The proportion of a shopper's grocery basket comprised of branded items is significant and negatively related to time spent in price information search. As a control for quality variation, these results indicate that shoppers appear willing to pay premium prices for increases in perceived quality.

Neither sex of the shopper nor attainment of a college education have an impact on time spent in price information search. Hypotheses four and eight are rejected.


Given the significant and positive effect that enjoyment of search time has on demand for time spent in price information search, it appears that including this psychological construct is appropriate. Though this result is intuitive, researchers have tended to neglect the inclusion of enjoyment when modeling the demand for time.

The model of price information search also indicates that the price of search time can be measured by a modified wage rate. Findings indicate that this measure appears appropriate, given the negative own-price effect of search time on the demand for search time.

The finding that search is a normal good is consistent with previous research that included both working and nonworking wives (Carlson and Geiseke 1983; Levedahl 1988). Both of these studies included total family income. If search is properly modeled using a household production model, the effect of total family income may include price effects, placing suspicion on the interpretation that search is a normal good. Positive effects of income are counterintuitive to expectations because higher income persons spend a smaller share of total income on food than lower income persons.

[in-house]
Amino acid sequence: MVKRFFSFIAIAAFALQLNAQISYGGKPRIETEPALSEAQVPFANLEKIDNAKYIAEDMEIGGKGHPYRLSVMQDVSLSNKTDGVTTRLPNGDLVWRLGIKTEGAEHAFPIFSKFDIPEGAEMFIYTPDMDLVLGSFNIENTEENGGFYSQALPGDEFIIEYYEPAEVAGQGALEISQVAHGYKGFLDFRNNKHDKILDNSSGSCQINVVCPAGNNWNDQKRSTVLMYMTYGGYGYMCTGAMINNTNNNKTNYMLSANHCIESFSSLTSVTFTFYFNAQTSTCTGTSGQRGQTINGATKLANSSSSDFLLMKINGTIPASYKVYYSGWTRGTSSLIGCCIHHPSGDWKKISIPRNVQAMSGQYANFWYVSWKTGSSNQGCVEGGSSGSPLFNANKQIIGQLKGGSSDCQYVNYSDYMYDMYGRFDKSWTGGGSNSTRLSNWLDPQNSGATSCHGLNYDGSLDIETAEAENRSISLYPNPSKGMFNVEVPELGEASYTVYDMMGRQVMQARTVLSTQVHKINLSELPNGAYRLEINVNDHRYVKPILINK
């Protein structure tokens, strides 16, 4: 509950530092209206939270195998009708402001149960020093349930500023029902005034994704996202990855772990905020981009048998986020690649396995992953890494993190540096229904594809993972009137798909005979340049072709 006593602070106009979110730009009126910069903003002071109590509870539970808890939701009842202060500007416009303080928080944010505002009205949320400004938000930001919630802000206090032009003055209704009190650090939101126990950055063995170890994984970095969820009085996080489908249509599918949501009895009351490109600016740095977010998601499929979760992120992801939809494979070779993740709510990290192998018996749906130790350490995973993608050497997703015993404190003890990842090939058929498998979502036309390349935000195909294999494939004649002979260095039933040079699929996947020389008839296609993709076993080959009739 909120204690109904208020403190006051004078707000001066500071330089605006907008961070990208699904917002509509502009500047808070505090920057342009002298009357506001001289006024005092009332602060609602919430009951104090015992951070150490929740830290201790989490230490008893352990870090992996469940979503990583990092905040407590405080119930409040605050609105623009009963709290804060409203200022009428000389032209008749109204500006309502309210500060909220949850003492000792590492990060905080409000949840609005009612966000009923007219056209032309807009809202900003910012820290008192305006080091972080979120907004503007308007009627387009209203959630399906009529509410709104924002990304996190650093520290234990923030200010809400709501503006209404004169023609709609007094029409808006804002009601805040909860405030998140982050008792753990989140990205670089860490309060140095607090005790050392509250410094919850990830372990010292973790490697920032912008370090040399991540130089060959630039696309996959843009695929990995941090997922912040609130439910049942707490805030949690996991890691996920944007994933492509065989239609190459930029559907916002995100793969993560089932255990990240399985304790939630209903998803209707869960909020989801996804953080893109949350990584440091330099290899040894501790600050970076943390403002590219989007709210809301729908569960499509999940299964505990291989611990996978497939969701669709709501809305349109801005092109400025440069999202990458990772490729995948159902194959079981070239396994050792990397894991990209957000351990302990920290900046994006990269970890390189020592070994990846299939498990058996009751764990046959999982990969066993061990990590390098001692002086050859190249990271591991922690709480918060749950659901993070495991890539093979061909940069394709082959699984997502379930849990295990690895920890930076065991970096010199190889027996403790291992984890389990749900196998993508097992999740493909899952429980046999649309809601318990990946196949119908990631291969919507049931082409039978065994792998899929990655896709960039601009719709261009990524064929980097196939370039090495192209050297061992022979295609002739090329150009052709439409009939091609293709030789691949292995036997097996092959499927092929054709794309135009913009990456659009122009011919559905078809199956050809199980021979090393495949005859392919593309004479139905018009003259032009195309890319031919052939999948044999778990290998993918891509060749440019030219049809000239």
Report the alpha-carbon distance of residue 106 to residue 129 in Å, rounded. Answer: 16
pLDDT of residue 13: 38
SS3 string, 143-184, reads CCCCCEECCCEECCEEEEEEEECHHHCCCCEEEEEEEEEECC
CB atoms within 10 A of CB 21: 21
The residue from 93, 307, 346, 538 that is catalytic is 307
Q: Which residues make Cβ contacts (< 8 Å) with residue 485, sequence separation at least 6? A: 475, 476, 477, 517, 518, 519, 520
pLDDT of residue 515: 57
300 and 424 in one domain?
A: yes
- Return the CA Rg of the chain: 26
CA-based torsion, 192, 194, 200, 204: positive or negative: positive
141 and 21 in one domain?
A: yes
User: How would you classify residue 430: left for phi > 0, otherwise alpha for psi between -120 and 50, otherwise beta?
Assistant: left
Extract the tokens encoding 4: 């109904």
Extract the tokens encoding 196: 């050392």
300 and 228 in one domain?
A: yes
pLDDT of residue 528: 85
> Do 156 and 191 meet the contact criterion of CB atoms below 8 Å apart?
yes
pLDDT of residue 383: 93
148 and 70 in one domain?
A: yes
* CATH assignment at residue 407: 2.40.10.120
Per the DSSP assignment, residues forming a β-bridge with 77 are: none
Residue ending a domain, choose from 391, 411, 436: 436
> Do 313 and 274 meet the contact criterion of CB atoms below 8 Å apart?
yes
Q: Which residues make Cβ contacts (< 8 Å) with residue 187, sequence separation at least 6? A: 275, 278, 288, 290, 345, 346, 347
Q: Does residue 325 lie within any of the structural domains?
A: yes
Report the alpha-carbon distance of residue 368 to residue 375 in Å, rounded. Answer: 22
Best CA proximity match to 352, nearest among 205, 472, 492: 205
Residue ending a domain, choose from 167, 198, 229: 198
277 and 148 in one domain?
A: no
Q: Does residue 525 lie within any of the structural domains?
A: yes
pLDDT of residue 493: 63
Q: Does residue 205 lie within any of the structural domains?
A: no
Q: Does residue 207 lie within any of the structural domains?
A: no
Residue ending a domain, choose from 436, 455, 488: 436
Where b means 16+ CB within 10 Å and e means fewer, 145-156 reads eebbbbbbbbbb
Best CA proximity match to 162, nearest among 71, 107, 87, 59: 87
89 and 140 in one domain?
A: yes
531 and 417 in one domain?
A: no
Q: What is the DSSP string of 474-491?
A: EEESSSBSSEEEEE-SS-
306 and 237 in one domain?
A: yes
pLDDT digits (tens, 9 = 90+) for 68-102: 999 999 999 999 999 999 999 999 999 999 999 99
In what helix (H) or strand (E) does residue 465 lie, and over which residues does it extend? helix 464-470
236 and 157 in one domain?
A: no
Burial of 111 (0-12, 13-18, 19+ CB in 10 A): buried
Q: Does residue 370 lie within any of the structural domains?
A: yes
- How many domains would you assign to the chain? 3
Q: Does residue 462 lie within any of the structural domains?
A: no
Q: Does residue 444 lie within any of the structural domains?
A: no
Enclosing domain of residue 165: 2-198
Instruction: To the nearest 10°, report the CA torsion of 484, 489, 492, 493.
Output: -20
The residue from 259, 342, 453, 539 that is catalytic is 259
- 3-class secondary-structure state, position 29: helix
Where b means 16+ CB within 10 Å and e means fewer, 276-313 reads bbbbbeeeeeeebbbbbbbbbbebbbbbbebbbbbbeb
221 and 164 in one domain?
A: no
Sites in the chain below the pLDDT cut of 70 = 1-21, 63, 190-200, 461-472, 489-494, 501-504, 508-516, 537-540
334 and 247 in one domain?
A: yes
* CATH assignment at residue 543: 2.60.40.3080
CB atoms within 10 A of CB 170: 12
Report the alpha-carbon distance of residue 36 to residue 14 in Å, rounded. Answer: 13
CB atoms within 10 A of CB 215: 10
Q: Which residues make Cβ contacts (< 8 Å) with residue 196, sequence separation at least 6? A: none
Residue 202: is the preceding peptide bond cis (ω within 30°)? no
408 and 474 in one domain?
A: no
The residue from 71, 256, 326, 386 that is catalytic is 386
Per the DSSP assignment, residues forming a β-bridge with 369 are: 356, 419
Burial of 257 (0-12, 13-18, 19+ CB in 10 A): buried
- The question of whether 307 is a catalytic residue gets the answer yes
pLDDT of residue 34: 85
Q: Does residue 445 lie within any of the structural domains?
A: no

Levedahl's (1988) study of coupon redemption as a form of price information search hypothesizes that a positive association between income and coupon usage may be due to either increased ability to search or increased purchases of frequently promoted, more expensive, branded goods. Significance of the income coefficient partially supports the first reason. However, one would expect significant effects of education as well. This was not the case in this study. It may also be true that higher income persons purchase more of the higher priced brands for which coupons are offered. (8) However, the negative finding on the BRANDED coefficient does not support the second reason higher income persons may tend to search more. In the present study, BRANDED was used as an indicator of quality. Perhaps, consumers who purchase branded goods because they signify quality do not spend time searching for lower prices because they are brand loyal. The present study focused on more than just coupon redemption, making direct comparisons difficult.